Looking for Good Art: Web Resources and Image Databases: Part One: General and U.S. Tools
Mattison, David, Searcher
Art images on the Web represent one of the first and last frontiers in terms of pools of knowledge: millions of historic art images served and more to come. Guides to art resources are legion. Almost every university and college that teaches art or art history seems to devote some portion of its faculty or departmental Web site to art resources on the Web. Academic libraries, especially those connected to art galleries or art museums, often maintain subject guides to art and art history. Projects initiated by art librarian members of the Visual Resources Association (VRA) [http://www.vraweb.org], the Art Libraries Society of North America (ARLIS) [http://www.arlisna.org/], and ARLIS organizations around the world have implemented visual databases comprised of cataloged artwork accompanied by a digital image. Both the VRA and ARLIS/NA maintain sites describing members' online image databases [http: //www.vraweb.org/memberwebsites.htm) [http:// www.chatham.edu/users/staff/dnolting/images.html]. In cooperation with the IFLA Section of Art Libraries, ARLIS/NA and other art library organizations help establish and maintain the International Directory of Art Libraries [http://artlibrary.vassar.edu/ifla-idal/]. The directory, however, specifically omits "slide, photograph, and other exclusively visual resource collections."
Drawing upon networking technology, newer standards such as OAI (Open Archives Initiative) and specialized metadata vocabularies and rules developed by or with the support of the Getty Research Institute, the Web universe of digital art resources shows no sign of slowing down or peaking. In late May 2004, for example, Visual Collections: Images of Art, History and Culture [http://www.davidrumsey. com/collections/] from David Rumsey and Cartography Associates was unveiled.
Many countries struggle with copyright issues when it comes to displaying art reproductions on the Web. For example, the Swiss site, Arte24 [http://www.arte24.ch], notes," The images of art and cultural objects from Swiss museums are not available at the moment due to copyright problems." Academic institutions attempting to comply with the complexities of copyright law take a variety of approaches to the display of digitized art images, ranging from campus-only or proxy server access by authorized faculty, staff, and students to full public access. Some academic museums and galleries provide thumbnail catalogs for general public access, following an approach taken by the AMICO Consortium. Cultural institutions throughout the world commonly use the practice of digital water-marking of images. For current information on art image copyright, mainly from a U.S. perspective, see Copyright & Art Issues [http://uoregon.edu/~csundt/copyweb/], compiled by Christine L. Sundt, visual resources curator, University of Oregon. You can find other perspectives and links on copyright and art images through the VRA Intellectual Property Rights Committee [http://www.arthist. umn.edu/slides/IPR] and IFLANET's (International Federation of Library Associations and Institutions) Information Policy: Copyright and Intellectual Property [http:// www.ifla.org/II/cpyright.htm].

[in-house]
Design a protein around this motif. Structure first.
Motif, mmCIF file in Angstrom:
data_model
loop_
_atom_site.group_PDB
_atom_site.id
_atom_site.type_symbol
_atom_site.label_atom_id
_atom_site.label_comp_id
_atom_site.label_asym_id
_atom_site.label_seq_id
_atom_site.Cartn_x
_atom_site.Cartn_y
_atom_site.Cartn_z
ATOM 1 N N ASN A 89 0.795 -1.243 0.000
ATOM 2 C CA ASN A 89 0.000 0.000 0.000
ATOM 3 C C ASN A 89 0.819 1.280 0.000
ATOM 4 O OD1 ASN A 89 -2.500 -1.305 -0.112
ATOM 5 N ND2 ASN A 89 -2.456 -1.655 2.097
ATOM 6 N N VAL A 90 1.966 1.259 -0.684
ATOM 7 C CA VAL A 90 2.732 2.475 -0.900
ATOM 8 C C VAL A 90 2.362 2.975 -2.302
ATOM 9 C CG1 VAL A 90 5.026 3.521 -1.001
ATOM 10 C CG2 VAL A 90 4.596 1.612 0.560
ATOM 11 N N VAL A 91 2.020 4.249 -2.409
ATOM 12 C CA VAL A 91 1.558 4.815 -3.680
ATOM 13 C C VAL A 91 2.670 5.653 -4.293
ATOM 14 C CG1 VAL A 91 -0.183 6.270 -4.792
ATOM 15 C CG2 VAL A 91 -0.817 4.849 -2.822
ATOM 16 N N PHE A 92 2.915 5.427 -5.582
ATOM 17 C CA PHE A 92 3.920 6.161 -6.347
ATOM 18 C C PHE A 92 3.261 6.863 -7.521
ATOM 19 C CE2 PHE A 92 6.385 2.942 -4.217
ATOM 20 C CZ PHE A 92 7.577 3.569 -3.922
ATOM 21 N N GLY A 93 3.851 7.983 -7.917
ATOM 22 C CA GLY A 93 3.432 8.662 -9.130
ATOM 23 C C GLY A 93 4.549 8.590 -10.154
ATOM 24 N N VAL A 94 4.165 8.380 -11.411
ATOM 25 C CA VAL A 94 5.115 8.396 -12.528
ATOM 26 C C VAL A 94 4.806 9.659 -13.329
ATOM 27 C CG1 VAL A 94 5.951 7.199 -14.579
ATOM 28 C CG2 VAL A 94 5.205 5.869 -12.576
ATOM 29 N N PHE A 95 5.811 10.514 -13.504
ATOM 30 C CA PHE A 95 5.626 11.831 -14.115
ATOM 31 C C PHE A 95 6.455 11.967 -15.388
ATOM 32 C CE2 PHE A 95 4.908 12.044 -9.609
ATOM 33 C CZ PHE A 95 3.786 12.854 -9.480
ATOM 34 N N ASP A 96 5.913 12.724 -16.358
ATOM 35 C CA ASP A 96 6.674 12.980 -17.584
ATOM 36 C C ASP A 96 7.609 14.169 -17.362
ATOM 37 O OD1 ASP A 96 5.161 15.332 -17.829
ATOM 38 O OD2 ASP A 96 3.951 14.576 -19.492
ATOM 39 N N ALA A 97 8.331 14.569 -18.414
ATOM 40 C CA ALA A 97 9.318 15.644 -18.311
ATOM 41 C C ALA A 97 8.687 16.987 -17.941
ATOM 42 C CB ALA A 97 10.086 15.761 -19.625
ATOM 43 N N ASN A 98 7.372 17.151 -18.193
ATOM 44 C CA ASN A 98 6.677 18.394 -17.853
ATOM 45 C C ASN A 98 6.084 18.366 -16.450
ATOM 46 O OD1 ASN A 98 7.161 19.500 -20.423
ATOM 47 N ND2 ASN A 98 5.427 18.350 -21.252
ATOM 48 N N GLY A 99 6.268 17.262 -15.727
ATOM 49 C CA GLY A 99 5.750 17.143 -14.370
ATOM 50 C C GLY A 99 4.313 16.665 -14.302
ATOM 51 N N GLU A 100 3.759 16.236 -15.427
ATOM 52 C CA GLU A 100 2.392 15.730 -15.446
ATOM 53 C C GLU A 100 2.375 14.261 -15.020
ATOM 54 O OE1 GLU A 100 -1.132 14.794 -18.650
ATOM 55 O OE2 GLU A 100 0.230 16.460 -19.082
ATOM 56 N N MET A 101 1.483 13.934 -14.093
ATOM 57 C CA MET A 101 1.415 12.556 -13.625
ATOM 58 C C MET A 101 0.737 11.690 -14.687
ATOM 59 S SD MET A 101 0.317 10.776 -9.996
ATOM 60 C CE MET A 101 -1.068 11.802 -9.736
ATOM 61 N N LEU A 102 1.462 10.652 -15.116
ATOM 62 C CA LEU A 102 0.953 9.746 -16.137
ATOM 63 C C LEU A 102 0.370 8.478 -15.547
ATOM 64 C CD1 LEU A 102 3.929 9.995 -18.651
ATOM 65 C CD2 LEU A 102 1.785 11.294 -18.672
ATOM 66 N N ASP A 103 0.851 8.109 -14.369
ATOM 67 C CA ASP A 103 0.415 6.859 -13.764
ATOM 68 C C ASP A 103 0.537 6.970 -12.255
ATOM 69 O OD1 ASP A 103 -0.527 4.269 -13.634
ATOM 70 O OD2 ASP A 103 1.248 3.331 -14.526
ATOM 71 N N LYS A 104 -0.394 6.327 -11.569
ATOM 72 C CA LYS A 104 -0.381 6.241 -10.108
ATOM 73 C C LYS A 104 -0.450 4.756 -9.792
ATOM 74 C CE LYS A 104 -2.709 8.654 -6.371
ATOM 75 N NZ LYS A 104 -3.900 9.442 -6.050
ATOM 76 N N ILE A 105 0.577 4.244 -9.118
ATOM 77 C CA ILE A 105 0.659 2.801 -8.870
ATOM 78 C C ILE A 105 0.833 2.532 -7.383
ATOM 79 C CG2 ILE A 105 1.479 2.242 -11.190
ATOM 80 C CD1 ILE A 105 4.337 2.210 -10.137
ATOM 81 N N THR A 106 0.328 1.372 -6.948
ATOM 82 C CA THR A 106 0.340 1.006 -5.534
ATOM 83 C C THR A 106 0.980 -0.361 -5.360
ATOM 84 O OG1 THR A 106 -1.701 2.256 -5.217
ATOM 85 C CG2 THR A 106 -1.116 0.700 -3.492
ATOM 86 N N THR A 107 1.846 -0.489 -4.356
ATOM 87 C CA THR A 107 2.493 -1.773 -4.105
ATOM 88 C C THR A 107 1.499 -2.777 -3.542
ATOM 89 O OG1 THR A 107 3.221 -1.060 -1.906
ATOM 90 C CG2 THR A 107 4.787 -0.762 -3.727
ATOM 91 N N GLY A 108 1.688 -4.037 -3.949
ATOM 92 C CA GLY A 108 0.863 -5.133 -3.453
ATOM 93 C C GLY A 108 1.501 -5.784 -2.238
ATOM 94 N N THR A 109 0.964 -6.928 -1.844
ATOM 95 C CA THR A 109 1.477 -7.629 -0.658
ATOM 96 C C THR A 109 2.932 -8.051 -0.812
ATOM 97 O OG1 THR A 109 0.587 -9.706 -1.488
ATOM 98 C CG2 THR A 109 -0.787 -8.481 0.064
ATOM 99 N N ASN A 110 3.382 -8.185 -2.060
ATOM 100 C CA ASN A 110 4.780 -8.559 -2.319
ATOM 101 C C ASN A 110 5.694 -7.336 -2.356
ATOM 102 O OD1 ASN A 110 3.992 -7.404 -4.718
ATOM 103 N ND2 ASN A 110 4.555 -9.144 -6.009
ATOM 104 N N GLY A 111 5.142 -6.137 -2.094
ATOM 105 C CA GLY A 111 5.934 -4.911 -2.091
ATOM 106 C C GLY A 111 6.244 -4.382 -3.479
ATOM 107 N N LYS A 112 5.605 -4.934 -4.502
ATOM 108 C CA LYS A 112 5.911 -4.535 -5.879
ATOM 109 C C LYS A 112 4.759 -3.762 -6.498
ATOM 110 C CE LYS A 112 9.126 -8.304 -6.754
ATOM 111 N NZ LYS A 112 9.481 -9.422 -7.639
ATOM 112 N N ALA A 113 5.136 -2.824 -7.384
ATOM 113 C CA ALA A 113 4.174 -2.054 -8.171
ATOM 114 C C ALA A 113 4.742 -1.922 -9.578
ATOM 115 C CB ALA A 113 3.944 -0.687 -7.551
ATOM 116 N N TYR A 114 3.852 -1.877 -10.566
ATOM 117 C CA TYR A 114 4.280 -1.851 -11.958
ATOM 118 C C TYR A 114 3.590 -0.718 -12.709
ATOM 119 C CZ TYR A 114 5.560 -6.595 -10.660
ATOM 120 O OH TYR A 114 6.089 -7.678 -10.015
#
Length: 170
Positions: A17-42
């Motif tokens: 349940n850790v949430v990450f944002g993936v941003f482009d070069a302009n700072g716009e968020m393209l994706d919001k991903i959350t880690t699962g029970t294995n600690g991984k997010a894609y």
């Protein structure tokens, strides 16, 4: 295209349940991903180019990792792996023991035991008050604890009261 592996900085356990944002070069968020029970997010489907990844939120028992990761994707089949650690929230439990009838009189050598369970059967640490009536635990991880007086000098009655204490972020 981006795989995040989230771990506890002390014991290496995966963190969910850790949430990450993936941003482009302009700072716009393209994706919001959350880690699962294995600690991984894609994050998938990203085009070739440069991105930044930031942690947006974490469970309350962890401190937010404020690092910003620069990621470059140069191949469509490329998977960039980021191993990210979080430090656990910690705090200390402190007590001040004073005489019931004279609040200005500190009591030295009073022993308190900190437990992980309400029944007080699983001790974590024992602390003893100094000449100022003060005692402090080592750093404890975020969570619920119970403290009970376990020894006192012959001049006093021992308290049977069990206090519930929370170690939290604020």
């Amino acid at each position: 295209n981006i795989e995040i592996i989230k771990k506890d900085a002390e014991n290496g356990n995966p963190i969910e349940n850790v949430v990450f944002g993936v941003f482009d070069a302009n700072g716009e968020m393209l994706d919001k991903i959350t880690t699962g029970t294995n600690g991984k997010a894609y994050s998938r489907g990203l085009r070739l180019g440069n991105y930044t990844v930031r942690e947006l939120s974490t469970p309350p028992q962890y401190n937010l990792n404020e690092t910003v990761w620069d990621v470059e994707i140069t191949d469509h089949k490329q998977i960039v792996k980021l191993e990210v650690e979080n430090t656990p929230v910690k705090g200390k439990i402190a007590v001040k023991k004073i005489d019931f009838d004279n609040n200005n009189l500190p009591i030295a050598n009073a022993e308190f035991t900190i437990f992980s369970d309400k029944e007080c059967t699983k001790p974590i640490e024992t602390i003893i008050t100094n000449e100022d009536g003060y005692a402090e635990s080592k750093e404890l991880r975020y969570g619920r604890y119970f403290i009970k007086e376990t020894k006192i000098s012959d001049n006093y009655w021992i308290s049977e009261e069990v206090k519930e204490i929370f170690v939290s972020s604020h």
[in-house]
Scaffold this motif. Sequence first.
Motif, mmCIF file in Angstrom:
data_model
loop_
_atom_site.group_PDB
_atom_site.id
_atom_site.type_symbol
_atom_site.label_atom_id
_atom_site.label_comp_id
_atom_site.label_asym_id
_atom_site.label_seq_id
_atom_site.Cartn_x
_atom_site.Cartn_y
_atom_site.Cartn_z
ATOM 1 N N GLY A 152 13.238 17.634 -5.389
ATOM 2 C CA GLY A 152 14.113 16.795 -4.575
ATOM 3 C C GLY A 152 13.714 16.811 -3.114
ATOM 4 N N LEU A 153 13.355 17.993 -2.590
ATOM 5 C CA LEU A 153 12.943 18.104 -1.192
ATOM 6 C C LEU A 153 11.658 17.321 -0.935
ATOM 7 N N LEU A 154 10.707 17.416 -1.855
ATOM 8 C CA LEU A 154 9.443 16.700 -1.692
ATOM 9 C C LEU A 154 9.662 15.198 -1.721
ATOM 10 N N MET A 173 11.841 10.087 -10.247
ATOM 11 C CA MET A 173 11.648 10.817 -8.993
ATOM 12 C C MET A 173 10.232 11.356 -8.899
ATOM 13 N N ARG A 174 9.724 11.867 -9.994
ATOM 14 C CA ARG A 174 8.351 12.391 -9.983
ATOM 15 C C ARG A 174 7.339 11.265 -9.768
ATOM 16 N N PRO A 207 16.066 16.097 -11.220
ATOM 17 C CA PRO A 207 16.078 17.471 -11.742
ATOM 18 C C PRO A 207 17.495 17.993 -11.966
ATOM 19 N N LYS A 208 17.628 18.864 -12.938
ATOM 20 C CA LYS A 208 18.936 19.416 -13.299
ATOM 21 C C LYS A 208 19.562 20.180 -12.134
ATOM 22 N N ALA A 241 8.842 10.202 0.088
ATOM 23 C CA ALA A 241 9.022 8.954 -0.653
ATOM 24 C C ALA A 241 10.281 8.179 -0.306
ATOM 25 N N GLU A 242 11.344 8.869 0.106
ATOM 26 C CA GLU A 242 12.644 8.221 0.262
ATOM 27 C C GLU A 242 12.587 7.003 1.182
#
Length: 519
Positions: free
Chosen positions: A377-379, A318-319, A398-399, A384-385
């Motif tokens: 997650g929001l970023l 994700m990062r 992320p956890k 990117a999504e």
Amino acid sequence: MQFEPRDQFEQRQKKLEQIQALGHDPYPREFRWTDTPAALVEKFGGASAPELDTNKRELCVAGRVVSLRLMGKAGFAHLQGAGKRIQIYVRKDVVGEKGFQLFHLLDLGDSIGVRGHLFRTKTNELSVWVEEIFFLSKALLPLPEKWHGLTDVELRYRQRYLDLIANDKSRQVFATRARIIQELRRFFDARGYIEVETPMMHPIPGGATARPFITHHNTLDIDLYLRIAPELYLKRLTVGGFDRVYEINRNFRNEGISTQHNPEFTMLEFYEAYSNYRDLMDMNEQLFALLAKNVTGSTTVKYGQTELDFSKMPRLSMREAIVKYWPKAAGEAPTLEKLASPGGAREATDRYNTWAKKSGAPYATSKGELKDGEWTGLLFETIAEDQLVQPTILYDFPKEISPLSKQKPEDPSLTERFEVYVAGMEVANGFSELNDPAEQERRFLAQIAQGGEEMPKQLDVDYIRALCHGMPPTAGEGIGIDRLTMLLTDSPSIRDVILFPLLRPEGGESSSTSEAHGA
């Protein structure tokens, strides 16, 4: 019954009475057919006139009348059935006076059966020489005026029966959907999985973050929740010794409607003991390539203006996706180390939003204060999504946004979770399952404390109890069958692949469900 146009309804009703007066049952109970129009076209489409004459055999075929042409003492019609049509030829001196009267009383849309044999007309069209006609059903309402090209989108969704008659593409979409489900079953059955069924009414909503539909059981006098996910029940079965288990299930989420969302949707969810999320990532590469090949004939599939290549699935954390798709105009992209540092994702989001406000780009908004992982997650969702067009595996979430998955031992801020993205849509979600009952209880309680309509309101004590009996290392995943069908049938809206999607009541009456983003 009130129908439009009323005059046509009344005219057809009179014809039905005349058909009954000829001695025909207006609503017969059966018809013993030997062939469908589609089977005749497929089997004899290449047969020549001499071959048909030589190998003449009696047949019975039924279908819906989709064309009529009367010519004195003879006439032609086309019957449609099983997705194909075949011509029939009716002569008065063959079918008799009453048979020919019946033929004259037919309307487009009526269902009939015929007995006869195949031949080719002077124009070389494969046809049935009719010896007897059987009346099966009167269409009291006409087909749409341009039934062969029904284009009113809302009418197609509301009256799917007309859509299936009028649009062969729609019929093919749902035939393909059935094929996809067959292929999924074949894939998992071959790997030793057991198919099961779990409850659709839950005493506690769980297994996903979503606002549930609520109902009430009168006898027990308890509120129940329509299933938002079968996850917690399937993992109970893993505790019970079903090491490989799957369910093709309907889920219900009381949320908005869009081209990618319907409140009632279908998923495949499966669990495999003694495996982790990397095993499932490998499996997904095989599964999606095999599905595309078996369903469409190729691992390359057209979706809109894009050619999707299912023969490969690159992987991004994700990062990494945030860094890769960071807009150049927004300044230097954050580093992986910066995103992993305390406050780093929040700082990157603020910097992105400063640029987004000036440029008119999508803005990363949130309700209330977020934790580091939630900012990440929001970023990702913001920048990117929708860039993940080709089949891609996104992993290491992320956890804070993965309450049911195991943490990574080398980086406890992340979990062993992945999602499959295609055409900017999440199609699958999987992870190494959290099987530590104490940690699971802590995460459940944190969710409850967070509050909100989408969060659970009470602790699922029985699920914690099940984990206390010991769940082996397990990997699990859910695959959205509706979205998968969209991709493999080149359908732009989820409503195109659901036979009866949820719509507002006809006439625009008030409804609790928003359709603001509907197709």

My limited exploration of art image databases did not include some of the catalog raisonne and art census projects, undoubtedly significant to art historians, such as the subscription-based and Internet-accessible Census of Antique Works of Art and Architecture Known to the Renaissance [http://www.dyabola.de/en/projects/detail/ cen.htm]. I will focus on publicly available, though not necessarily always authoritative, online art image sites. I passed up standard, subscription-based reference works such as the Grove Art Online (based on the 34-volume Dictionary of Art; Oxford University Press, 1996) [http://www.groveart. com] and Princeton University's Index of Christian Art [http://ica.princeton.edu]. At least one contemporary fine arts gateway, Artnet.com [http://www. …